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VIRTUAL BACKGROUND

IP.com Disclosure Number: IPCOM000009337D
Original Publication Date: 1999-Jun-01
Included in the Prior Art Database: 2002-Aug-16
Document File: 4 page(s) / 223K

Publishing Venue

Motorola

Related People

Peter M. Drozt: AUTHOR [+3]

Abstract

As more people are working from home and as more people are on the go because of work, taking business telephony or dispatch calls outside of the office is very common. This means when a person is talking on the phone / subscriber unit, the back- ground noises being heard are not sounds conducive to effective communication, but they are sounds from wherever the person happens to be. For exam- ple, office sounds such as computer keyboards and/or silence are not heard. Rather, the sounds of airports, conversations, PA systems, television, or children are heard instead. These background sounds can be very distracting to the person on the other end of the call.

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Developments Technical 0 M MOTOROLA

VIRTUAL BACKGROUND

by Peter M. Drozt, Jennifer A. Pierce and Marybeth J. Whitehurst

PROBLEM TO BE SOLVED

  As more people are working from home and as more people are on the go because of work, taking business telephony or dispatch calls outside of the office is very common. This means when a person is talking on the phone / subscriber unit, the back- ground noises being heard are not sounds conducive to effective communication, but they are sounds from wherever the person happens to be. For exam- ple, office sounds such as computer keyboards and/or silence are not heard. Rather, the sounds of airports, conversations, PA systems, television, or children are heard instead. These background sounds can be very distracting to the person on the other end of the call.

THE INVENTION

  Existing technology provides the capability to reduce background noise during a dispatch or cellu- lar call. This idea expands the current technology by allowing a dispatch central controller or a tele- phone switch to combine a person's voice with a chosen background sound, based upon the identity of the other party involved in the call. For example, if a subscriber has the virtual background feature provisioned, office sounds may be the background his business associates hear, but his friends and fam- ily might hear something more fun, such as music.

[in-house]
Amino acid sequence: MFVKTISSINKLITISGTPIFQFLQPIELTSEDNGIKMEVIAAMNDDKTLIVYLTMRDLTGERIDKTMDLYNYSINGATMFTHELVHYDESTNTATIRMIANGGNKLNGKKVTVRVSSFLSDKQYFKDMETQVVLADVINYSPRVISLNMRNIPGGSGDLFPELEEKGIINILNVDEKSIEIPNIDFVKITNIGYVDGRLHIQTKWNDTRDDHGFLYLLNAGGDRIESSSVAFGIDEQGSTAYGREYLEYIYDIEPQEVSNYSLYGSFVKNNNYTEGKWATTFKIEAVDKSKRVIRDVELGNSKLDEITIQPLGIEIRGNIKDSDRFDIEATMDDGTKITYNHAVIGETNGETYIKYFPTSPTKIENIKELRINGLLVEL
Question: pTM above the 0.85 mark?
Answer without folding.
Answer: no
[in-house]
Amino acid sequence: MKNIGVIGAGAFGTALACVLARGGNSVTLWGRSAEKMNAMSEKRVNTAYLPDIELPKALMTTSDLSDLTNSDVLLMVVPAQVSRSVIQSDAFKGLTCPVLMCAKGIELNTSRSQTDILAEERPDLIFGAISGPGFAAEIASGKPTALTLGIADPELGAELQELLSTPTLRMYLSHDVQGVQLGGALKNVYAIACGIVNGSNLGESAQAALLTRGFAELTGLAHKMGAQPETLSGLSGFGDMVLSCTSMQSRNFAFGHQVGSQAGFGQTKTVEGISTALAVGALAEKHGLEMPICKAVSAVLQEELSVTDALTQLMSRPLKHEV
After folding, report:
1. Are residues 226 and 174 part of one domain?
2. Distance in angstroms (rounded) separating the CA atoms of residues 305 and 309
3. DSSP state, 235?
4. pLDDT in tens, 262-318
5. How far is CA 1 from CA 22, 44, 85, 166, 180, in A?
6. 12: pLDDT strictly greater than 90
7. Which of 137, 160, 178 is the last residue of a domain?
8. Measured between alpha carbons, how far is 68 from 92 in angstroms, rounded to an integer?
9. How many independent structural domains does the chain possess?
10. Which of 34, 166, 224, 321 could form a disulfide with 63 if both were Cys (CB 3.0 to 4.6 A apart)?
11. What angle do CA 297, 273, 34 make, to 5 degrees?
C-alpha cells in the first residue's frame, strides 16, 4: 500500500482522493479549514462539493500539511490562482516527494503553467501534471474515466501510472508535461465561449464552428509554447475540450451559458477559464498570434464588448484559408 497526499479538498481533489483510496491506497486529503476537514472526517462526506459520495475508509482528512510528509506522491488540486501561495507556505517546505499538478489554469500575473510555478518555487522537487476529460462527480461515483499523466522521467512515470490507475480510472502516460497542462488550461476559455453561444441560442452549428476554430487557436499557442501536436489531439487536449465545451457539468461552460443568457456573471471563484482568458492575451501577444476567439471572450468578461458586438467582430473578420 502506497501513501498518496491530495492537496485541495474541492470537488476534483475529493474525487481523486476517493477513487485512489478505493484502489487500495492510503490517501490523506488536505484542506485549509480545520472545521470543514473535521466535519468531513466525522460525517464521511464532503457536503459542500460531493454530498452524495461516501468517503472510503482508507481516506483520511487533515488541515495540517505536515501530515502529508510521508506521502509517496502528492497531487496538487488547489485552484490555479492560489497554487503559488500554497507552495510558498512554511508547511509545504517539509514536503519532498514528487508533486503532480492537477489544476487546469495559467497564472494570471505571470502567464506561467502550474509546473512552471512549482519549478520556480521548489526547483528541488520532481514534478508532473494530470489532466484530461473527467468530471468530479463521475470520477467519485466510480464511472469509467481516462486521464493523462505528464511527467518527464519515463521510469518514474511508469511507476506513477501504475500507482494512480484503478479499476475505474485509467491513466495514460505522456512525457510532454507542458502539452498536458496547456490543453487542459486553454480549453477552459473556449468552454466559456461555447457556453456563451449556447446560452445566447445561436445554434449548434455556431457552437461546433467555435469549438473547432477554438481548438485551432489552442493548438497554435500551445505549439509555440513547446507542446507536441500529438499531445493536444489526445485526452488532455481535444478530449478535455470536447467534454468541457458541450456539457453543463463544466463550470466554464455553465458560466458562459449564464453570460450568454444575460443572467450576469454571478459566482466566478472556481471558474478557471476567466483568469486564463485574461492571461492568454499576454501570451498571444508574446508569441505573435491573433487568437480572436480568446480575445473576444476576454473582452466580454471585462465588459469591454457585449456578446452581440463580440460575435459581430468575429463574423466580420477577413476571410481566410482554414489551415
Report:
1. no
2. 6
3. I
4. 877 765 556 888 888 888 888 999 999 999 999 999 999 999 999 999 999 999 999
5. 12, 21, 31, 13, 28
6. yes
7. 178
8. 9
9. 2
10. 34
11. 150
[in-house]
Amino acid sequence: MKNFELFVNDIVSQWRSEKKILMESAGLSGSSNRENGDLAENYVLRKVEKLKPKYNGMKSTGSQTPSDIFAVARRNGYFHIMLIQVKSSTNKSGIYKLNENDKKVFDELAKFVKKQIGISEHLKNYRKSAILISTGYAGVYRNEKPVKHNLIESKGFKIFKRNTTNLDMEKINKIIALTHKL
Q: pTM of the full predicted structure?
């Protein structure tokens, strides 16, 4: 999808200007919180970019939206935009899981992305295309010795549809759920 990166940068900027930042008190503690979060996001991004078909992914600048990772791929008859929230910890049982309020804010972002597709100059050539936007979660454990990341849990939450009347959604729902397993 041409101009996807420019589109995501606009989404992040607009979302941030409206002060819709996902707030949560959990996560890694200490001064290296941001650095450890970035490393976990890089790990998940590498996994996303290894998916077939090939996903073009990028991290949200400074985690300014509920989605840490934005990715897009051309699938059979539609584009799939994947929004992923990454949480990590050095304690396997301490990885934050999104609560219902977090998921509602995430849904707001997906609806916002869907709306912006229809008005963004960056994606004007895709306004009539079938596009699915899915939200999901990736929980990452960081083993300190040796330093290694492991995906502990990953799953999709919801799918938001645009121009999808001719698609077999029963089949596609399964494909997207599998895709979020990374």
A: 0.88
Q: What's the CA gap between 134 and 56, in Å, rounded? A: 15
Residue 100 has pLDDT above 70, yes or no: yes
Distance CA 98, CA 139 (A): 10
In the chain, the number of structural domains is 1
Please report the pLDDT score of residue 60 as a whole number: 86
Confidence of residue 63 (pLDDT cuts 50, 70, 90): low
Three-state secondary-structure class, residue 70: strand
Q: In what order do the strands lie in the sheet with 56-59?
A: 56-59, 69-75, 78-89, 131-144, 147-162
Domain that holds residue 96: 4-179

To clarify, imagine an architect working at a construction site, talking on hisiher subscriber unit about some requirements for a new building with the builder. The architect is trying to explain these requirements to the builder and the bulldozer on site starts. With virtual background invoked, all the builder hears is the contractor's voice and the builder's chosen background sound. During the

same call, suppose the builder is caught off guard at another job where his employees are using loud power tools. The builder wants to make sure the architect can hear him clearly and he wants to have background sounds more conducive to clear com- munication - so he has the system provisioned to play the architect's favorite music as they discuss the construction requirements of their pending busi- ness contract.

  In summary, this idea encompasses the following:

(1) the ability of a central controller to store back- ground sounds, including silence

(2) for a given subscriber, the ability to provision a particular background sound for each individual with whom the subscriber communicates

(3) for those not listed in (2), the ability to have a default background sound

(4) the ability of a central controller to identify the other party involved in the call and associate a back- ground sound with that other party

(5) the ability of the central controller to play the background sound and overlay the person's voice on top of that sound.

  In order to better explain this idea, the remain- der of this paper describes provisioning of the virtu- al background feature, shows modifications to a typ- ic...